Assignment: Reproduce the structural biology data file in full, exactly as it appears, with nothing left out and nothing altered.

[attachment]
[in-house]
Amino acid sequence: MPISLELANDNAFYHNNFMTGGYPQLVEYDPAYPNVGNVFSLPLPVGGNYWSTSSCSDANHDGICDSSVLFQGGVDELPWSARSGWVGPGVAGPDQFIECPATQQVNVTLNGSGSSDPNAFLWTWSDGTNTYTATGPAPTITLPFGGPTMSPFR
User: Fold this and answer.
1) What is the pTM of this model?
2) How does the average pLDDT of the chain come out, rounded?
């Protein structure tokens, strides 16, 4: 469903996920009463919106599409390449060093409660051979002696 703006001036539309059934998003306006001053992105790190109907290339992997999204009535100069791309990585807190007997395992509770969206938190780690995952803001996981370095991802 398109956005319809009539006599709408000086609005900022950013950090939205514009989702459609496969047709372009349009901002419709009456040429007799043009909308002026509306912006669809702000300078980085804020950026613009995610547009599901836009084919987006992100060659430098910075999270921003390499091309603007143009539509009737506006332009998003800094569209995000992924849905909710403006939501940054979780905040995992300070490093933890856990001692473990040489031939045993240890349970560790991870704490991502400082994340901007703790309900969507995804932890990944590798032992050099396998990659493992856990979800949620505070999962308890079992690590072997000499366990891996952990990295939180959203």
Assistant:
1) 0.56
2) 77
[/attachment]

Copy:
[in-house]
Amino acid sequence: MPISLELANDNAFYHNNFMTGGYPQLVEYDPAYPNVGNVFSLPLPVGGNYWSTSSCSDANHDGICDSSVLFQGGVDELPWSARSGWVGPGVAGPDQFIECPATQQVNVTLNGSGSSDPNAFLWTWSDGTNTYTATGPAPTITLPFGGPTMSPFR
User: Fold this and answer.
1) What is the pTM of this model?
2) How does the average pLDDT of the chain come out, rounded?
């Protein structure tokens, strides 16, 4: 469903996920009463919106599409390449060093409660051979002696 703006001036539309059934998003306006001053992105790190109907290339992997999204009535100069791309990585807190007997395992509770969206938190780690995952803001996981370095991802 398109956005319809009539006599709408000086609005900022950013950090939205514009989702459609496969047709372009349009901002419709009456040429007799043009909308002026509306912006669809702000300078980085804020950026613009995610547009599901836009084919987006992100060659430098910075999270921003390499091309603007143009539509009737506006332009998003800094569209995000992924849905909710403006939501940054979780905040995992300070490093933890856990001692473990040489031939045993240890349970560790991870704490991502400082994340901007703790309900969507995804932890990944590798032992050099396998990659493992856990979800949620505070999962308890079992690590072997000499366990891996952990990295939180959203």
Assistant:
1) 0.56
2) 77